Rescuers headed into Hurricane Julio to save three men caught in the storm while sailing to Hawaii. Fierce winds broke the mast and blew away the life raft. The disabled boat was flooding in rough seas more than 400 miles northeast of Oahu.
Relatives said the sailors from Stockton left California last month. They managed to steer clear of Hurricane Iselle, but got caught up in Julio. The men are expected to arrive at Honolulu Harbor early Tuesday morning on the Matson container ship that was diverted to saved them.
The Walkabout sailed out of Long Beach, California more than three weeks ago. Relatives said that Ben Neely, 61, his son Lee Neely, 22, and family friend Mike Vanway, 22, planned to stop on Maui before eventually heading to Asia. On Sunday, however, Hurricane Julio battered the 42-foot sailboat.
"When I talked to my brother today, (he said) the rogue wave hit the boat, put it on its side. He said it literally knocked, wiped away the deck and it shattered the hatch, and just all the water came rushing in," said Linda Neely Bish, the captain's sister.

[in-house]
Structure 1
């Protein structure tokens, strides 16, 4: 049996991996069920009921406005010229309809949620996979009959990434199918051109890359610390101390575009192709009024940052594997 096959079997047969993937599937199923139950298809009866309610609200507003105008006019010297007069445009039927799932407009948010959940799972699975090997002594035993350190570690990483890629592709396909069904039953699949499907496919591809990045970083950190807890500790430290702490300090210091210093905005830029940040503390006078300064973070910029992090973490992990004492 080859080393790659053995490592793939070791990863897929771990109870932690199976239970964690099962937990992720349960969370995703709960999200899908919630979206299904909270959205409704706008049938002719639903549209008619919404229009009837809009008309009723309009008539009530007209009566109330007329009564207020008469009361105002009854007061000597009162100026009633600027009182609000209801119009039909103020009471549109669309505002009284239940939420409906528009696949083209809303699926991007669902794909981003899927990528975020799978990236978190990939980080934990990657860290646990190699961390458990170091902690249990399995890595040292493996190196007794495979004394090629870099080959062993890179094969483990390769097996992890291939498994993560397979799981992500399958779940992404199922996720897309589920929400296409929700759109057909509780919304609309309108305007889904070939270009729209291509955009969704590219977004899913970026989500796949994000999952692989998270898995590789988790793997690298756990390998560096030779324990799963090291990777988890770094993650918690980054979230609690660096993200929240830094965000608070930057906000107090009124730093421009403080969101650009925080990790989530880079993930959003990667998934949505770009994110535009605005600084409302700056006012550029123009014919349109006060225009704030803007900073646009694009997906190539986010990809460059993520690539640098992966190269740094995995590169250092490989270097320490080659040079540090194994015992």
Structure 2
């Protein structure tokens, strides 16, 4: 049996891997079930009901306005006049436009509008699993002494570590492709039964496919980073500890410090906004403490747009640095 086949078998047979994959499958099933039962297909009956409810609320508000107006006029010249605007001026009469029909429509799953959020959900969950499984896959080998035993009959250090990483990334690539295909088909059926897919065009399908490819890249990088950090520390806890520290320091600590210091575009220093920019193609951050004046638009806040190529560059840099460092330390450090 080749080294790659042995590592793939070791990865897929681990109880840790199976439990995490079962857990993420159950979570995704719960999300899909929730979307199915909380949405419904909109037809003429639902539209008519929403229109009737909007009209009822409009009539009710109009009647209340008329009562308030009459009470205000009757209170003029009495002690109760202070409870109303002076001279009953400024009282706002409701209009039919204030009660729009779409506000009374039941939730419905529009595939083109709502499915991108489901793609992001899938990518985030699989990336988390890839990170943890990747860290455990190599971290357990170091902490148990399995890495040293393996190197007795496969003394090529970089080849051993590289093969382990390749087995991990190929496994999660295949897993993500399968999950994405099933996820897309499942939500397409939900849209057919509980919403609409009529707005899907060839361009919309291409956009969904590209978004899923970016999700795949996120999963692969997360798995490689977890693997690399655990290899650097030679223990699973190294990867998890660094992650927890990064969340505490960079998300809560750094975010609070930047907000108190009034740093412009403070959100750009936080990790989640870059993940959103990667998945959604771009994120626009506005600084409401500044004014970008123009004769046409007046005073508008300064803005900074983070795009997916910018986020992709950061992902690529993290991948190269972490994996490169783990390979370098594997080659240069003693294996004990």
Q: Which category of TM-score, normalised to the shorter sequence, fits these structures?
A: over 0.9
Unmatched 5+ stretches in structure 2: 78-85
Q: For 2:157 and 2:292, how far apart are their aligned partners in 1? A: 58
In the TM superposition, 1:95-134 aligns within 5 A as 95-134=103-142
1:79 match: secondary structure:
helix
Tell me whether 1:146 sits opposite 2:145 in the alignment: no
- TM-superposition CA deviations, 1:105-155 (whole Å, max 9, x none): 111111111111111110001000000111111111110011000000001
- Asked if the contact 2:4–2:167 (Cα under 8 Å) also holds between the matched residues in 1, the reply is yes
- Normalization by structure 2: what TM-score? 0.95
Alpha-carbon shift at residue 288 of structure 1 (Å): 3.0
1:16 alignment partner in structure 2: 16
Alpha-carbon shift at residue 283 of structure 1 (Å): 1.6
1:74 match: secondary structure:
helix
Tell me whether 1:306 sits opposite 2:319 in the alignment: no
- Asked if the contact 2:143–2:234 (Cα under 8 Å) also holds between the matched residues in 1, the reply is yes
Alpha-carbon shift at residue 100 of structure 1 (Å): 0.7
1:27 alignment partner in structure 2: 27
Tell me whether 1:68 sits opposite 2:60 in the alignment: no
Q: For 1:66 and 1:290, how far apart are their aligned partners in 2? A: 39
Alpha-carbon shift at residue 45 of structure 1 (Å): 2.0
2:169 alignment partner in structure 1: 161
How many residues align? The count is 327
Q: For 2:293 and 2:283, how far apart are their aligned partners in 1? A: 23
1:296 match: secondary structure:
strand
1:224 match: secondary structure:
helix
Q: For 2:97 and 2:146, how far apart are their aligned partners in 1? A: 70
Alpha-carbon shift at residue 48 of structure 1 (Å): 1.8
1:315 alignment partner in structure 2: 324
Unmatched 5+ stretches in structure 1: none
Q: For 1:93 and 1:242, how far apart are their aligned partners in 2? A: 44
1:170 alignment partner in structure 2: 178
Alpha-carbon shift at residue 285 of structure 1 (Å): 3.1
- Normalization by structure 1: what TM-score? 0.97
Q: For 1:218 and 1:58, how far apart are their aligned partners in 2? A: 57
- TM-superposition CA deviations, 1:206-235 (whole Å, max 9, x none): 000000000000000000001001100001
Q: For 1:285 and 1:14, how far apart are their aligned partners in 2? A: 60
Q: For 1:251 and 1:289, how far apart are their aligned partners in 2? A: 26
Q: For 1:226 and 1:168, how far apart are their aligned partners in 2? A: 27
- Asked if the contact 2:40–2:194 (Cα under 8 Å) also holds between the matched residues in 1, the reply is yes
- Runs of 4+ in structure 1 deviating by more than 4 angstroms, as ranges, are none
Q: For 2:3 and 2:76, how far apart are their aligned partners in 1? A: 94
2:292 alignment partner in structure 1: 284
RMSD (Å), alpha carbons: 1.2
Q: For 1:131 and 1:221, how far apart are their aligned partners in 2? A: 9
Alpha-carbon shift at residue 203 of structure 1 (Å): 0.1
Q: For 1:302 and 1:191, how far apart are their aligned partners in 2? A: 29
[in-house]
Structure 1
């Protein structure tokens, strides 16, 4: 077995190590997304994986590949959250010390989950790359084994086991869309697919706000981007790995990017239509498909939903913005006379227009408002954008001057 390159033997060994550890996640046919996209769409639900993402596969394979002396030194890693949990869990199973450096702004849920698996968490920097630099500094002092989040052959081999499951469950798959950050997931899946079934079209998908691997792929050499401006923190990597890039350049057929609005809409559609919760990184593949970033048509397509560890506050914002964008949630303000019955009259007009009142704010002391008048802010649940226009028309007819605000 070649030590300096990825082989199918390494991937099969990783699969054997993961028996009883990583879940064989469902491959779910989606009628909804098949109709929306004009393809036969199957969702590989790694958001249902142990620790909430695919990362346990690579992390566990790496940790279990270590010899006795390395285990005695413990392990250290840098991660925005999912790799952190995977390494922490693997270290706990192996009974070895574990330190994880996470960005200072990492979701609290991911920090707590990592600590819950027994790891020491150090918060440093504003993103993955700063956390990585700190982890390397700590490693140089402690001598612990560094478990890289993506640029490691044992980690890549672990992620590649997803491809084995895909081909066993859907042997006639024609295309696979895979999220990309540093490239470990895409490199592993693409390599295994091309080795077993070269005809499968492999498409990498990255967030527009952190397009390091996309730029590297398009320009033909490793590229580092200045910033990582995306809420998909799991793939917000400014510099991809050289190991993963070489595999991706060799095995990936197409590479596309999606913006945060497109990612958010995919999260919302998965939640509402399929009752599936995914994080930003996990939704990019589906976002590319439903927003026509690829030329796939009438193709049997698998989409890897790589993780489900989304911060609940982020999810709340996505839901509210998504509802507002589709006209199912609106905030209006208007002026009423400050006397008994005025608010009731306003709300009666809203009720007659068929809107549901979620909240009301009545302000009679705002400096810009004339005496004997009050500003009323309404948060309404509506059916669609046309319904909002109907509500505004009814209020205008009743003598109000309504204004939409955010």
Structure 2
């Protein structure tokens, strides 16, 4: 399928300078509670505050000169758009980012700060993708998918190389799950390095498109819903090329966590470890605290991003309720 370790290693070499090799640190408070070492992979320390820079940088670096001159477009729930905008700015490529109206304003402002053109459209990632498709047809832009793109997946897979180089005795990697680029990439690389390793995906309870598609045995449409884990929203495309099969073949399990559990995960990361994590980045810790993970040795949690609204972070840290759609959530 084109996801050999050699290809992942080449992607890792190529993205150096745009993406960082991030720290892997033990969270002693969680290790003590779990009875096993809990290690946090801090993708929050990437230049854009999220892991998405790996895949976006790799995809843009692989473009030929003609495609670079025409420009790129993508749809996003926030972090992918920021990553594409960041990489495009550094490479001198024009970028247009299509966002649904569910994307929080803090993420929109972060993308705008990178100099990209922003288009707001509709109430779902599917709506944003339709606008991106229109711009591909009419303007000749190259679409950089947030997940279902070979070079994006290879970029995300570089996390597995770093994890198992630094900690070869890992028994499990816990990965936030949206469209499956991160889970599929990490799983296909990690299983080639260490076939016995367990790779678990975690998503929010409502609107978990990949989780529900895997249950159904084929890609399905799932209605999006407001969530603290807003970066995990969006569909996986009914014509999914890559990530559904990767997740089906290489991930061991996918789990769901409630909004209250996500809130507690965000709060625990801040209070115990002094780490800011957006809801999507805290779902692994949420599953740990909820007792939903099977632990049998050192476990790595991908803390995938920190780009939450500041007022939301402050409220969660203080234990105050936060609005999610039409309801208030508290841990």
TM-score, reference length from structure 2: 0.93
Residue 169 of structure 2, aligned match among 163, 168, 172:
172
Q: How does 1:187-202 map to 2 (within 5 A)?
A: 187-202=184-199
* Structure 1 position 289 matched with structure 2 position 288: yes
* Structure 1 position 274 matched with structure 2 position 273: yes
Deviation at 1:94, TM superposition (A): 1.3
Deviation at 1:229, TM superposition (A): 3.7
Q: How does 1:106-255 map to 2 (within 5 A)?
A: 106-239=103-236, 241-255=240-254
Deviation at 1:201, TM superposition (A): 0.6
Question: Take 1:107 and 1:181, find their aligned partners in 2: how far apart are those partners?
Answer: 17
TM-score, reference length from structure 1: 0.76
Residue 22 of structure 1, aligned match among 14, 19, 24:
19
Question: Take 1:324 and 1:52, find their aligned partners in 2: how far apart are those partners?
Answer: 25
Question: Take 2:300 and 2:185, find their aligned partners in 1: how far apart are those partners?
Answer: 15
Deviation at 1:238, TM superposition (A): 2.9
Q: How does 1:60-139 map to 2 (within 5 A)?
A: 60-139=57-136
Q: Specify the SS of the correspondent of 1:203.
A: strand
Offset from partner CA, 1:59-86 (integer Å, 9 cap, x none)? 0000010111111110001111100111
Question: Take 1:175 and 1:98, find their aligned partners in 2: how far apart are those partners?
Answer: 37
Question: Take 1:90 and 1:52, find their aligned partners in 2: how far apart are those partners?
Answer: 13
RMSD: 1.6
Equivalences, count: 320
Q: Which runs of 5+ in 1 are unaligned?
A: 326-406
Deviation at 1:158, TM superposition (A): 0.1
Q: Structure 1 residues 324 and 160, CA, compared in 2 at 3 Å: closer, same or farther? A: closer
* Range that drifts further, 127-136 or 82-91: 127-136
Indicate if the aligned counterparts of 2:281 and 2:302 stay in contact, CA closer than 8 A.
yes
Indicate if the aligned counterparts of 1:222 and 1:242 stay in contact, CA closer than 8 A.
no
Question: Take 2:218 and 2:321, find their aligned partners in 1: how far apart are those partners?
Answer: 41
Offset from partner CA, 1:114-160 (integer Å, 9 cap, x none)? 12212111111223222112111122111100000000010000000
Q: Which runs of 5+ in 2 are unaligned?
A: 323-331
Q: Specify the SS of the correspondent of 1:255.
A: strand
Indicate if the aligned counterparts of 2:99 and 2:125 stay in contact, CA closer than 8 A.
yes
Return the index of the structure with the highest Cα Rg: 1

"He had high blood pressure and he had significant chest pains. He described one of his other crew members as sick and scared," said Lt. Garrett Faulkner of the U.S. Coast Guard.
With winds up to 115 miles per hour and 30-foot seas, the boat lost its mast and also started flooding. Coast Guard crews from Oahu flew into the storm to respond to the mayday calls.
"With that main hatch gone, with the sails tattered, they were having trouble that way. They also had significant damage to the boat. The railings were gone, and because of so much water onboard they were unable to get their engine started," said Faulkner.
The Coast Guard dropped equipment and life rafts, but the sailors couldn't retrieve anything in the rough seas.
"We flew around a hurricane to find these guys and spent a long time looking for them, and once we were actually able to find them, to not be able to get them gear is one of the most frustrating things," said Faulkner.
About 24 hours after the ordeal began, the Matson vessel Manukai shot a line to the sailboat's crew and pulled the sailboat alongside the ship. The men climbed up a 30-foot ladder draped over the side of Manukai's hull to safety. The storm damage was an unexpected end to the captain's retirement dream of sailing around the world.
"He's very depressed, of course, about losing our boat, our family's boat. I said, 'But it's all about your life, that's all we care about,"" said Neely-Bish.
The Walkabout, which was built by the captain's parents, is still adrift at sea.